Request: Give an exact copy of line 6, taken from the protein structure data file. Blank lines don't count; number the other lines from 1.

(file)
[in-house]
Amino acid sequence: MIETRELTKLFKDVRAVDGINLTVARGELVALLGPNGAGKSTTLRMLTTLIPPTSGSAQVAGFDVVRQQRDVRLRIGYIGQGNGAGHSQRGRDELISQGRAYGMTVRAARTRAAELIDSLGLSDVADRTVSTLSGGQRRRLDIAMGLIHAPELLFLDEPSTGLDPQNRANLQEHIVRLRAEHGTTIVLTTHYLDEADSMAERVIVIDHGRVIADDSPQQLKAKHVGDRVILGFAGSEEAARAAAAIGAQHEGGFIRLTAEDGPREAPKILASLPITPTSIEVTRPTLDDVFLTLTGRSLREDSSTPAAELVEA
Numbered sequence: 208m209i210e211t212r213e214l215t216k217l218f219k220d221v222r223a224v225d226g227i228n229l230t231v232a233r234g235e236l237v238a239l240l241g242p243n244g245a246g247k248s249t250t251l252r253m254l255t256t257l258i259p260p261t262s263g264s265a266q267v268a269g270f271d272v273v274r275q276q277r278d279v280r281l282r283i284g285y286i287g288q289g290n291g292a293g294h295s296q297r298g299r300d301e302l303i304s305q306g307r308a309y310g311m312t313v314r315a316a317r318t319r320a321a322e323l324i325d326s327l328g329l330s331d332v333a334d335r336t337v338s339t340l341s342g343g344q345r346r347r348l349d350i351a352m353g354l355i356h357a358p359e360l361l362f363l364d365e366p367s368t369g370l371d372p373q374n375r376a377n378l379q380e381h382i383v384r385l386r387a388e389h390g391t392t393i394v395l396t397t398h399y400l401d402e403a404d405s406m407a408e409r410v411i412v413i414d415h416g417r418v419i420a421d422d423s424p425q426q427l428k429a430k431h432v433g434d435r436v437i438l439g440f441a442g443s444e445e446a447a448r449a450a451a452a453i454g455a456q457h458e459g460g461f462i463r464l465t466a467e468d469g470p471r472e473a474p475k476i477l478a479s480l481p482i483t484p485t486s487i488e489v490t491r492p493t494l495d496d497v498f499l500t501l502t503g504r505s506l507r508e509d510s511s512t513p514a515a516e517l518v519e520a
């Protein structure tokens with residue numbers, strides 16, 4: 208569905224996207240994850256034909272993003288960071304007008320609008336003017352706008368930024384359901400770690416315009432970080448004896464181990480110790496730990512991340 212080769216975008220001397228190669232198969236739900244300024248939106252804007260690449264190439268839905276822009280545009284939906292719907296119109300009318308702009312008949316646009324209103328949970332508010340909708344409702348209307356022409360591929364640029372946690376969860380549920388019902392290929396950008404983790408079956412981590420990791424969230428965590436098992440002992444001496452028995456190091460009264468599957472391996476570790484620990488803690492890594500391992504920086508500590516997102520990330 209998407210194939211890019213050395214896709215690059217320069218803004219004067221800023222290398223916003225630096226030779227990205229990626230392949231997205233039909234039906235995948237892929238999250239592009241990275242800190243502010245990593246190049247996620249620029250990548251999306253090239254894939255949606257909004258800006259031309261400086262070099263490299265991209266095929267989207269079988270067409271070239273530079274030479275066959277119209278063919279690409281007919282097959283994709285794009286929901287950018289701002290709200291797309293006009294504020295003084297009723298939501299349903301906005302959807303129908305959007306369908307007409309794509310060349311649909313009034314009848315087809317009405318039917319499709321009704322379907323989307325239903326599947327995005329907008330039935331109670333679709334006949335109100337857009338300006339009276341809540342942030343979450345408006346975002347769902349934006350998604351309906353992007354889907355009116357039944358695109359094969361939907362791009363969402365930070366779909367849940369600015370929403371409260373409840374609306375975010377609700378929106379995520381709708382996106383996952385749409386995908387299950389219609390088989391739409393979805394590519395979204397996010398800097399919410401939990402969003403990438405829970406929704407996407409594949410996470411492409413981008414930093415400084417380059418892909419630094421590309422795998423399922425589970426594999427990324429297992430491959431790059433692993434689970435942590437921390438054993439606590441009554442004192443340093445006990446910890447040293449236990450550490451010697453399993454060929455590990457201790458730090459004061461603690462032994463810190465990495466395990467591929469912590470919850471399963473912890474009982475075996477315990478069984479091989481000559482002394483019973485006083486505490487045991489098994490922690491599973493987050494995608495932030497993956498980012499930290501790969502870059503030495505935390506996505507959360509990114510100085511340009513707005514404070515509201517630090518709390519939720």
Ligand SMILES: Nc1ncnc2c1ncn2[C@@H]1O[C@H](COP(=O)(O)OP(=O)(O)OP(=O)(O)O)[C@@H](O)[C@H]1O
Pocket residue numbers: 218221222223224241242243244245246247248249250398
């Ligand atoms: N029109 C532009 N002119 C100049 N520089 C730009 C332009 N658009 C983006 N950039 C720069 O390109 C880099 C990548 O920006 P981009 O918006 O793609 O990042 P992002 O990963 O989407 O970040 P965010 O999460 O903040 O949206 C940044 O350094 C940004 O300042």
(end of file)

Pocket residue numbers: 218221222223224241242243244245246247248249250398